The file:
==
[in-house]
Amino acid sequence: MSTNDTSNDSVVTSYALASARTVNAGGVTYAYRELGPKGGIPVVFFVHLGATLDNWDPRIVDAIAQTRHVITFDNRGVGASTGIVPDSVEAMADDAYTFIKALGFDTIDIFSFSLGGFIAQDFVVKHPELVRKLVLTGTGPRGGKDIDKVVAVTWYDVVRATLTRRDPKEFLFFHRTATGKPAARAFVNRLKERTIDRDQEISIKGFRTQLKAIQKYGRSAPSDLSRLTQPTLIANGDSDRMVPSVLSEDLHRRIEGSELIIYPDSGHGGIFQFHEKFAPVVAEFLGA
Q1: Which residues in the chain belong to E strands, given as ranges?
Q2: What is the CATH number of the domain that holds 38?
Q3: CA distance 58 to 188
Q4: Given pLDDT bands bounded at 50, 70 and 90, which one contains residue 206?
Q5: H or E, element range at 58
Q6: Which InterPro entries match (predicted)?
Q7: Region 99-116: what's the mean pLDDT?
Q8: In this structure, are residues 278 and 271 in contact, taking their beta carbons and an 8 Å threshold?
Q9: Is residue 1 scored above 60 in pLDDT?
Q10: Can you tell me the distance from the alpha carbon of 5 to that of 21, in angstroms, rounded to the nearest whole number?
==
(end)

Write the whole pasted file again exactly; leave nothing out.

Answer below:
[in-house]
Amino acid sequence: MSTNDTSNDSVVTSYALASARTVNAGGVTYAYRELGPKGGIPVVFFVHLGATLDNWDPRIVDAIAQTRHVITFDNRGVGASTGIVPDSVEAMADDAYTFIKALGFDTIDIFSFSLGGFIAQDFVVKHPELVRKLVLTGTGPRGGKDIDKVVAVTWYDVVRATLTRRDPKEFLFFHRTATGKPAARAFVNRLKERTIDRDQEISIKGFRTQLKAIQKYGRSAPSDLSRLTQPTLIANGDSDRMVPSVLSEDLHRRIEGSELIIYPDSGHGGIFQFHEKFAPVVAEFLGA
Q1: Which residues in the chain belong to E strands, given as ranges?
Q2: What is the CATH number of the domain that holds 38?
Q3: CA distance 58 to 188
Q4: Given pLDDT bands bounded at 50, 70 and 90, which one contains residue 206?
Q5: H or E, element range at 58
Q6: Which InterPro entries match (predicted)?
Q7: Region 99-116: what's the mean pLDDT?
Q8: In this structure, are residues 278 and 271 in contact, taking their beta carbons and an 8 Å threshold?
Q9: Is residue 1 scored above 60 in pLDDT?
Q10: Can you tell me the distance from the alpha carbon of 5 to that of 21, in angstroms, rounded to the nearest whole number?